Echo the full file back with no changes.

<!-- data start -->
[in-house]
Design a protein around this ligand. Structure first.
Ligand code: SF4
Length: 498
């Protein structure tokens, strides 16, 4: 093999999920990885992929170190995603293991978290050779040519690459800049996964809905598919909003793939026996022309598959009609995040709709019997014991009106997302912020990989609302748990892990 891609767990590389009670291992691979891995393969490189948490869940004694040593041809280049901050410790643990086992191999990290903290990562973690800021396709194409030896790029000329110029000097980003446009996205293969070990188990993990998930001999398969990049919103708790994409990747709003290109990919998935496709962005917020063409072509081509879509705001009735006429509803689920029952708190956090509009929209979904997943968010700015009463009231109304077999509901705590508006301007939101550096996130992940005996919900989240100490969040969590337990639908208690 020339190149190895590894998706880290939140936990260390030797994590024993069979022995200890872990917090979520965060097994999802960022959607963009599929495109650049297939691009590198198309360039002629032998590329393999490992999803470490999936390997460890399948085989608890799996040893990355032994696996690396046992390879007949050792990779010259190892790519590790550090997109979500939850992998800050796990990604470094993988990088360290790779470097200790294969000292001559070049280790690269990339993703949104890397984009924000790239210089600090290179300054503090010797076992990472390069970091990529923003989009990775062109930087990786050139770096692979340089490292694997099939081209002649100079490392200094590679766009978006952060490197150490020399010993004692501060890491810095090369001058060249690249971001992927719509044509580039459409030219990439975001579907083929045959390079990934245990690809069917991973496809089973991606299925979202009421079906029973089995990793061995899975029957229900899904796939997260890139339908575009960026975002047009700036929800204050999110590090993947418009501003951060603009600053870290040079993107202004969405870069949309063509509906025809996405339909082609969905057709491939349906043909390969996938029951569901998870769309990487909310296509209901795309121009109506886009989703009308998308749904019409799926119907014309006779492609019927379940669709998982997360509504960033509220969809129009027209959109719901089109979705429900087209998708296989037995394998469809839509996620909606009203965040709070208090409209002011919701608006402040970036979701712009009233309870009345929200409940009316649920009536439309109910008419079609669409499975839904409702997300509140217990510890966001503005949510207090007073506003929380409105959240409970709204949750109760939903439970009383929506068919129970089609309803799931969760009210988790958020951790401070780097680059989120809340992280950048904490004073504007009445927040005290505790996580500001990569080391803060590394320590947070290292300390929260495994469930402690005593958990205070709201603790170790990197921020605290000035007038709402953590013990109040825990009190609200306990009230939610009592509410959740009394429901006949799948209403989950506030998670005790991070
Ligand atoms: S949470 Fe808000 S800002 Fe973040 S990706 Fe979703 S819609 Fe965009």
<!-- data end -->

[in-house]
Design a protein around this ligand. Structure first.
Ligand code: SF4
Length: 498
């Protein structure tokens, strides 16, 4: 093999999920990885992929170190995603293991978290050779040519690459800049996964809905598919909003793939026996022309598959009609995040709709019997014991009106997302912020990989609302748990892990 891609767990590389009670291992691979891995393969490189948490869940004694040593041809280049901050410790643990086992191999990290903290990562973690800021396709194409030896790029000329110029000097980003446009996205293969070990188990993990998930001999398969990049919103708790994409990747709003290109990919998935496709962005917020063409072509081509879509705001009735006429509803689920029952708190956090509009929209979904997943968010700015009463009231109304077999509901705590508006301007939101550096996130992940005996919900989240100490969040969590337990639908208690 020339190149190895590894998706880290939140936990260390030797994590024993069979022995200890872990917090979520965060097994999802960022959607963009599929495109650049297939691009590198198309360039002629032998590329393999490992999803470490999936390997460890399948085989608890799996040893990355032994696996690396046992390879007949050792990779010259190892790519590790550090997109979500939850992998800050796990990604470094993988990088360290790779470097200790294969000292001559070049280790690269990339993703949104890397984009924000790239210089600090290179300054503090010797076992990472390069970091990529923003989009990775062109930087990786050139770096692979340089490292694997099939081209002649100079490392200094590679766009978006952060490197150490020399010993004692501060890491810095090369001058060249690249971001992927719509044509580039459409030219990439975001579907083929045959390079990934245990690809069917991973496809089973991606299925979202009421079906029973089995990793061995899975029957229900899904796939997260890139339908575009960026975002047009700036929800204050999110590090993947418009501003951060603009600053870290040079993107202004969405870069949309063509509906025809996405339909082609969905057709491939349906043909390969996938029951569901998870769309990487909310296509209901795309121009109506886009989703009308998308749904019409799926119907014309006779492609019927379940669709998982997360509504960033509220969809129009027209959109719901089109979705429900087209998708296989037995394998469809839509996620909606009203965040709070208090409209002011919701608006402040970036979701712009009233309870009345929200409940009316649920009536439309109910008419079609669409499975839904409702997300509140217990510890966001503005949510207090007073506003929380409105959240409970709204949750109760939903439970009383929506068919129970089609309803799931969760009210988790958020951790401070780097680059989120809340992280950048904490004073504007009445927040005290505790996580500001990569080391803060590394320590947070290292300390929260495994469930402690005593958990205070709201603790170790990197921020605290000035007038709402953590013990109040825990009190609200306990009230939610009592509410959740009394429901006949799948209403989950506030998670005790991070
Ligand atoms: S949470 Fe808000 S800002 Fe973040 S990706 Fe979703 S819609 Fe965009």